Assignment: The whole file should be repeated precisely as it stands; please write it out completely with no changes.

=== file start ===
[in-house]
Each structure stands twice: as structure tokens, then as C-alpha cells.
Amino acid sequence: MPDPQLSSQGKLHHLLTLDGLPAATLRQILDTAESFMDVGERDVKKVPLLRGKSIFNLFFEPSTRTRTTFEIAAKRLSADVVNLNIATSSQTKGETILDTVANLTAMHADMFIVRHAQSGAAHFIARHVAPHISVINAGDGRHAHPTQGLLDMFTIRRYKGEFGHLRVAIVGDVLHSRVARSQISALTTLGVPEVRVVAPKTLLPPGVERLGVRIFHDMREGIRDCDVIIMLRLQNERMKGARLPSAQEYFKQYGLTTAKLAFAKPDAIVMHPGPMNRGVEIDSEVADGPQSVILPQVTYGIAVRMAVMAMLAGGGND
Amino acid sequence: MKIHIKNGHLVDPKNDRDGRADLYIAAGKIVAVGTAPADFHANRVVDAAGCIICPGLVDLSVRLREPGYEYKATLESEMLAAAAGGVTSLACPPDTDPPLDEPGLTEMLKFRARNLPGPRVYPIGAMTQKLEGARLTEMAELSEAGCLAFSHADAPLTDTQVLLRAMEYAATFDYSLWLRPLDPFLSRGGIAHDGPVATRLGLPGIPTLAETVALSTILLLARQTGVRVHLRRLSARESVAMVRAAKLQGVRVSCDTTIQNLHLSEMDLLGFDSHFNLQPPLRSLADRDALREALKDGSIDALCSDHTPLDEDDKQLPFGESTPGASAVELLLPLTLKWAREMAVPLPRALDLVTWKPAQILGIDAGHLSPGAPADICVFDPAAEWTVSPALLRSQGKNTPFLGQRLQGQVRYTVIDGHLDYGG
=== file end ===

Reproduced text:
[in-house]
Each structure stands twice: as structure tokens, then as C-alpha cells.
Amino acid sequence: MPDPQLSSQGKLHHLLTLDGLPAATLRQILDTAESFMDVGERDVKKVPLLRGKSIFNLFFEPSTRTRTTFEIAAKRLSADVVNLNIATSSQTKGETILDTVANLTAMHADMFIVRHAQSGAAHFIARHVAPHISVINAGDGRHAHPTQGLLDMFTIRRYKGEFGHLRVAIVGDVLHSRVARSQISALTTLGVPEVRVVAPKTLLPPGVERLGVRIFHDMREGIRDCDVIIMLRLQNERMKGARLPSAQEYFKQYGLTTAKLAFAKPDAIVMHPGPMNRGVEIDSEVADGPQSVILPQVTYGIAVRMAVMAMLAGGGND
Amino acid sequence: MKIHIKNGHLVDPKNDRDGRADLYIAAGKIVAVGTAPADFHANRVVDAAGCIICPGLVDLSVRLREPGYEYKATLESEMLAAAAGGVTSLACPPDTDPPLDEPGLTEMLKFRARNLPGPRVYPIGAMTQKLEGARLTEMAELSEAGCLAFSHADAPLTDTQVLLRAMEYAATFDYSLWLRPLDPFLSRGGIAHDGPVATRLGLPGIPTLAETVALSTILLLARQTGVRVHLRRLSARESVAMVRAAKLQGVRVSCDTTIQNLHLSEMDLLGFDSHFNLQPPLRSLADRDALREALKDGSIDALCSDHTPLDEDDKQLPFGESTPGASAVELLLPLTLKWAREMAVPLPRALDLVTWKPAQILGIDAGHLSPGAPADICVFDPAAEWTVSPALLRSQGKNTPFLGQRLQGQVRYTVIDGHLDYGG